The Other Use, Part One


“Not to be used for the other use.”
– warning label on a Japanese food processor.

Perhaps the most fun people can have within a system is messing with it.  When we come across an app, a game, a gadget, or an online community, it’s a presentation of a set of tools with a strong suggestion of how to use them.  A suggestion, but not a requirement.

For example, when you play “The Sims,” you’re intended to manage a life for a pretend person or family.  That setting where you’re building their house was added so that you can customize the look of the place.  It has about as much bearing on the gameplay as the wallpaper on your desktop does, and yet customizing it is probably one of the most engaging aspects of the game.  Don’t tell me my friends and I are the only ones who hit Rosebud* a million times and forgot all about the family while building mansions for them.

The house customization was probably only included in “The Sims” because status symbols were important for the aesthetic of the game.  If I recall correctly, the people were slightly happier if they were surrounded by nice stuff, but the effects of this were buried in with a slew of other qualifiers.  “The Sims” is not “Minecraft**”  It’s not a building game, but without the building setting, my friends and I probably wouldn’t have cared much about it.  It was not designed as a building game, but it could be played as such.  And so, play it as a building game we did.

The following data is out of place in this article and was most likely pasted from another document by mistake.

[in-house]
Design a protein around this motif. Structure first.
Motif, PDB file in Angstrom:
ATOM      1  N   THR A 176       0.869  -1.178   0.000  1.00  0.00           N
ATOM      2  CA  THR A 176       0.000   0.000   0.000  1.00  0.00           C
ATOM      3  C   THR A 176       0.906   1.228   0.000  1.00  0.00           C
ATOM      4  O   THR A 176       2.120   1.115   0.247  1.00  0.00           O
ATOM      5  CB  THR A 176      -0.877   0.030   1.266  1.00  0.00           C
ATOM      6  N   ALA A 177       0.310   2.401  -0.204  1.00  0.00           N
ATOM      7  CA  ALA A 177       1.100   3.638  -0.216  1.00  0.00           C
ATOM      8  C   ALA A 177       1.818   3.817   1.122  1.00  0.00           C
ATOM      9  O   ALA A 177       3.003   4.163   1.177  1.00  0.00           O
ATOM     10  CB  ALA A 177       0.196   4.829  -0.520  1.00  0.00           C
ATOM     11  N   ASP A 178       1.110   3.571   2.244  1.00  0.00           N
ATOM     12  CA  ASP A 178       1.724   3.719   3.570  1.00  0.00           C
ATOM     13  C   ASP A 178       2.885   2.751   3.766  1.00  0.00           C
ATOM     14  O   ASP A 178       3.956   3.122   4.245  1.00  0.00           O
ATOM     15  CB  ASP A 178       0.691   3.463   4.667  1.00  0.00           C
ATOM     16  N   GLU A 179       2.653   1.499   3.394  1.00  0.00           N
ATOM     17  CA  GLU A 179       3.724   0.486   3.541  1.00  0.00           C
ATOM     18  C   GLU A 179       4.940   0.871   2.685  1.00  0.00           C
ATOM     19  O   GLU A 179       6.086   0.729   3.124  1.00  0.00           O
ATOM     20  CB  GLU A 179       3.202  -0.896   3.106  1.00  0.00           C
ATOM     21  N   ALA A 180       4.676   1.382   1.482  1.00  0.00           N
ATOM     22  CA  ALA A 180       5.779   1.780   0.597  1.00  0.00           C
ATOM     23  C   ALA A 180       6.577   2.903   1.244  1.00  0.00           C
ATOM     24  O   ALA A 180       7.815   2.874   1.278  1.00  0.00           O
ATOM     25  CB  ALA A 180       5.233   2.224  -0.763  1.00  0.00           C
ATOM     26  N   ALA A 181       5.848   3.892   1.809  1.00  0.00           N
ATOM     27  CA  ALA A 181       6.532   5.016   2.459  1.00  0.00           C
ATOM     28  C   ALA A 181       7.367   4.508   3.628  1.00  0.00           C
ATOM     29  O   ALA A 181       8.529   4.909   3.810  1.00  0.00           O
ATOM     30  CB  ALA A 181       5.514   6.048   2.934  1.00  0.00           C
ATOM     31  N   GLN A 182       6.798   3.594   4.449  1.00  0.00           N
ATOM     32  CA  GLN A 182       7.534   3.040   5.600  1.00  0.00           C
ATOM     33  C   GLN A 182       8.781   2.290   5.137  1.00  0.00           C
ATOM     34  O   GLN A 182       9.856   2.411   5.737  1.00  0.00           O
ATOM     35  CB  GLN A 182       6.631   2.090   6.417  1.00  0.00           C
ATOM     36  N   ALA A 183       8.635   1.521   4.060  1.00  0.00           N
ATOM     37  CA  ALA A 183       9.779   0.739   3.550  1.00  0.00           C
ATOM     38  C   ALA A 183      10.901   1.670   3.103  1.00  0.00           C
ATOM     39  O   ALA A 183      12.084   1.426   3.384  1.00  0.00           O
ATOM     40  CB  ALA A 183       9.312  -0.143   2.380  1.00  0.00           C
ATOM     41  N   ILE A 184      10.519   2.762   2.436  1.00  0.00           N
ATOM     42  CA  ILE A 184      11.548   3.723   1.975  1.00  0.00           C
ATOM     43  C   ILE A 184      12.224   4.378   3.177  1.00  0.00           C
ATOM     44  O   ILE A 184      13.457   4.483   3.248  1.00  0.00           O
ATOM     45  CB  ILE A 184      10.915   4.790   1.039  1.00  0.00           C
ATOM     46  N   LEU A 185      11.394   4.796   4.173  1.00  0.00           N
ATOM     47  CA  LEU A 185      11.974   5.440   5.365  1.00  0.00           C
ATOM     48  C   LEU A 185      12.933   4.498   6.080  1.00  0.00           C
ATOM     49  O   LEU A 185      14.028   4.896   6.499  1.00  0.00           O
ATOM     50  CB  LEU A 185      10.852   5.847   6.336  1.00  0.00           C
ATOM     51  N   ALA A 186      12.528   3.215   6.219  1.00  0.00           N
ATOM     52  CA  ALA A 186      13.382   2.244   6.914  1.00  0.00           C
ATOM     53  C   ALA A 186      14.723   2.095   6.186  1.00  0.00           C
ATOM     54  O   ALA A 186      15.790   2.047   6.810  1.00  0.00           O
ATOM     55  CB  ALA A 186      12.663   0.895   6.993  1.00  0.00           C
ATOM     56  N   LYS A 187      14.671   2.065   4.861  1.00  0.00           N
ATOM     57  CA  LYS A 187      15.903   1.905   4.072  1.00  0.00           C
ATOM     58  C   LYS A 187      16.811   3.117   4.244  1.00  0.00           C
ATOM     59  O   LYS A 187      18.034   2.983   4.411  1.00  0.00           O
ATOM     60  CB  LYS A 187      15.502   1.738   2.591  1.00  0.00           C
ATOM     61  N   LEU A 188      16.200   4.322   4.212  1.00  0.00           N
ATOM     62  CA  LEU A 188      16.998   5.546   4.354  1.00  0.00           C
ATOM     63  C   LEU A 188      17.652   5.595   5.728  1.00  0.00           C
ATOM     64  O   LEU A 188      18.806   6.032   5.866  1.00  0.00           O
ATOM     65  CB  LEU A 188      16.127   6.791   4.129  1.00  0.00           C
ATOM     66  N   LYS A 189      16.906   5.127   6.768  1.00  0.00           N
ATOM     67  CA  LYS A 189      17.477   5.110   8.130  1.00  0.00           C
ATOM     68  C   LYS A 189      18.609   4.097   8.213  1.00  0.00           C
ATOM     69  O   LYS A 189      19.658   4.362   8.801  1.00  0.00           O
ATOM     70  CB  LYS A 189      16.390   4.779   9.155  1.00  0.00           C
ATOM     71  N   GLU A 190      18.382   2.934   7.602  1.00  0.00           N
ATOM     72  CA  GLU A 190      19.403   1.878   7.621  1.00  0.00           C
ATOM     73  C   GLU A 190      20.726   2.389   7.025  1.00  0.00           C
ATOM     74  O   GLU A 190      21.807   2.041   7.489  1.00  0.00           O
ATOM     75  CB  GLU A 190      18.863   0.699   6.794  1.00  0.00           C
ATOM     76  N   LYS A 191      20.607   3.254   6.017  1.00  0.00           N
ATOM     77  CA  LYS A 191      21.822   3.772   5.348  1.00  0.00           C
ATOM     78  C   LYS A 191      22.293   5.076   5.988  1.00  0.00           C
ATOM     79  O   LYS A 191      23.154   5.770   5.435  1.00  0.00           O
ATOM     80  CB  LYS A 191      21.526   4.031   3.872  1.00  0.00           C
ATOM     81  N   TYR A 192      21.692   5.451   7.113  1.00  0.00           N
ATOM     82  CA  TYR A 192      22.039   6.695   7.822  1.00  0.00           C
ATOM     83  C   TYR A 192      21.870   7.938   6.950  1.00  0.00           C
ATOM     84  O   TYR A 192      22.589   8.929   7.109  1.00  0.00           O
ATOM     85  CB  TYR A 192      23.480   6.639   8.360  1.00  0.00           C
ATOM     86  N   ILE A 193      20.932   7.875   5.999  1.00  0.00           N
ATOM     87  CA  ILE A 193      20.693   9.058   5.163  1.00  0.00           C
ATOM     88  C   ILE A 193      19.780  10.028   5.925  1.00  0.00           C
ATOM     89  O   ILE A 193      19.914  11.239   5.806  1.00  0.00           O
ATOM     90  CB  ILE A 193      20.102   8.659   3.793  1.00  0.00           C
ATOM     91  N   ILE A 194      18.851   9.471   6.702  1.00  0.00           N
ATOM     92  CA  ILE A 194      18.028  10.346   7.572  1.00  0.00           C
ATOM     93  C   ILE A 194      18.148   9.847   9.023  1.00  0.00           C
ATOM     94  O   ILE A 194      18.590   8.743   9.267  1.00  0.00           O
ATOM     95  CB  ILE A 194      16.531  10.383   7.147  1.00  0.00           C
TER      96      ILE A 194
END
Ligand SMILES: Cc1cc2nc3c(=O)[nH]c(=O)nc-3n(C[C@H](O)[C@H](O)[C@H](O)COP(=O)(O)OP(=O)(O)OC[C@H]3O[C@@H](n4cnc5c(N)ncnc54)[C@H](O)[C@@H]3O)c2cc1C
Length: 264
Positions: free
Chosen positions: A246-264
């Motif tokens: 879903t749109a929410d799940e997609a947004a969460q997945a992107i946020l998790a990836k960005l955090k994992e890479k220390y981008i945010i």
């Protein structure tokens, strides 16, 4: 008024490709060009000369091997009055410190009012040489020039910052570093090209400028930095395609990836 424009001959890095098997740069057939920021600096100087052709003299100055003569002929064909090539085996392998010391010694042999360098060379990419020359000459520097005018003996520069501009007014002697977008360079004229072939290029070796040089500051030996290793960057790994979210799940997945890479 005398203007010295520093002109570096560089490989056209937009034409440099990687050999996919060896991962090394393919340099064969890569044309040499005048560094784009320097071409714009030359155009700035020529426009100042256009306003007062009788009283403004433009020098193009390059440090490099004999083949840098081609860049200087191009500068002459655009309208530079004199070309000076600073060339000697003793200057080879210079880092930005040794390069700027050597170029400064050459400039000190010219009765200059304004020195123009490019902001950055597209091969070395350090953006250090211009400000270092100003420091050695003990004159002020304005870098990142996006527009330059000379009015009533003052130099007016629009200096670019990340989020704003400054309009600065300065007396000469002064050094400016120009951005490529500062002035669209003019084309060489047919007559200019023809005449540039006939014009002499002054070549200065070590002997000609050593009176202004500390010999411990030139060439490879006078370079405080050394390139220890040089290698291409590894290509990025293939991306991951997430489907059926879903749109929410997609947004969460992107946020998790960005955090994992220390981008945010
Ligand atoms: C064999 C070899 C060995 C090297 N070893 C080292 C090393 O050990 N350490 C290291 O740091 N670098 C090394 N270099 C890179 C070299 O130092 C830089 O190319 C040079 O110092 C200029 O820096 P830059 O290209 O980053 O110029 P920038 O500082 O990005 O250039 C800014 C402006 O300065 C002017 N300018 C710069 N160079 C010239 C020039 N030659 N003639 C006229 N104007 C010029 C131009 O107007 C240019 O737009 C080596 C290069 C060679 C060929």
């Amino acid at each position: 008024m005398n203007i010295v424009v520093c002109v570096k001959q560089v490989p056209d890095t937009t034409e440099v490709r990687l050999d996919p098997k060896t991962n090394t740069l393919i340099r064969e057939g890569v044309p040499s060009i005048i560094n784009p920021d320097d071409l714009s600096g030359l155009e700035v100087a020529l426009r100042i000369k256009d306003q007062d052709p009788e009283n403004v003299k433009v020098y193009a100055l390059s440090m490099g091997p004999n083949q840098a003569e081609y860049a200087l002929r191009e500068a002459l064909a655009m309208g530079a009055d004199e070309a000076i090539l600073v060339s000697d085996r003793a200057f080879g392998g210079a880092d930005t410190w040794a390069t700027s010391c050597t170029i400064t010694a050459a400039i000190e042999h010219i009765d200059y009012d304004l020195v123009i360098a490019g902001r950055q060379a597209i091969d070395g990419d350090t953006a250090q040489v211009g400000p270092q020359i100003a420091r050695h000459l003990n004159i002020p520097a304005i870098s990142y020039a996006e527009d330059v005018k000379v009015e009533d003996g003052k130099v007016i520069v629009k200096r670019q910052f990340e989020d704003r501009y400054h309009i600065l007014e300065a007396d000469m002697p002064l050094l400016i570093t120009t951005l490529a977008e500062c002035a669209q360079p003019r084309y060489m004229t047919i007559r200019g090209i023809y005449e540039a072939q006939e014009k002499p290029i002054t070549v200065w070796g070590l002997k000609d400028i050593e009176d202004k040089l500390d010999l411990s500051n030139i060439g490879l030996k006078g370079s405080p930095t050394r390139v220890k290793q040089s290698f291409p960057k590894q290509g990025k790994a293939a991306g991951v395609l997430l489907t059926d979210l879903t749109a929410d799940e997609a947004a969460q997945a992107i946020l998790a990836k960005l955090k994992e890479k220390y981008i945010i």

This is something game creators need to keep in mind.  The creator’s idea might not be the audience’s idea of a good game, but if the game allows for what the audience wants, then the creator can still reach them.  This doesn’t necessarily mean that every game should try to be like “Pokemon,***” combining aspects of many gaming formats to come up with something that everyone can like.  However, game creators need to be aware that the people who play their games may be looking for alternate ways to play them.

Now, “The Sims” is a fairly small example of people using programs for The Other Use.  There are some much bigger ones out there, so now that I’ve set the scene, I’ll go into them one by one in the upcoming days.  Til next time,**** look around and see if you’re using anything for The Other Use.

* Rosebud = a cheat code to get more in-game currency, which is required for building and decorating the houses.
** Actually, “Minecraft” isn’t even “Minecraft.”  More on that later.
*** They shouldn’t.
****Til next time?  Did this just become a 1980s TV show?

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One comment on “The Other Use, Part One

  1. Pingback: The Other Use, Part Five | The Geeky Manifestos Blog

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